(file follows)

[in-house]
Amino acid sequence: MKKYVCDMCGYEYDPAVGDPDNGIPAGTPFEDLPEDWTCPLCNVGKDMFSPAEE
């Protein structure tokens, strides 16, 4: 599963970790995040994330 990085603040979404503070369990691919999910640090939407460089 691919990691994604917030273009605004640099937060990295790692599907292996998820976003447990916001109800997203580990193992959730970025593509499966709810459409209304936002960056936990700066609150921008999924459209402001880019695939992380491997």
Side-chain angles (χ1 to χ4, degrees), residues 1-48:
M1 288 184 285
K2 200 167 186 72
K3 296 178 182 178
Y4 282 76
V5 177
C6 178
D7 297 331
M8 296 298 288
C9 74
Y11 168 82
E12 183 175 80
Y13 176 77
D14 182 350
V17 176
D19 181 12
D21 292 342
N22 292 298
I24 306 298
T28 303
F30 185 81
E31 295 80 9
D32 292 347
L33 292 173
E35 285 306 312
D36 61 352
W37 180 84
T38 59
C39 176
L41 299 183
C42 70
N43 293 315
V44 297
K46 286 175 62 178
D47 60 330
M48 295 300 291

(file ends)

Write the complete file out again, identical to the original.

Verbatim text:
[in-house]
Amino acid sequence: MKKYVCDMCGYEYDPAVGDPDNGIPAGTPFEDLPEDWTCPLCNVGKDMFSPAEE
């Protein structure tokens, strides 16, 4: 599963970790995040994330 990085603040979404503070369990691919999910640090939407460089 691919990691994604917030273009605004640099937060990295790692599907292996998820976003447990916001109800997203580990193992959730970025593509499966709810459409209304936002960056936990700066609150921008999924459209402001880019695939992380491997």
Side-chain angles (χ1 to χ4, degrees), residues 1-48:
M1 288 184 285
K2 200 167 186 72
K3 296 178 182 178
Y4 282 76
V5 177
C6 178
D7 297 331
M8 296 298 288
C9 74
Y11 168 82
E12 183 175 80
Y13 176 77
D14 182 350
V17 176
D19 181 12
D21 292 342
N22 292 298
I24 306 298
T28 303
F30 185 81
E31 295 80 9
D32 292 347
L33 292 173
E35 285 306 312
D36 61 352
W37 180 84
T38 59
C39 176
L41 299 183
C42 70
N43 293 315
V44 297
K46 286 175 62 178
D47 60 330
M48 295 300 291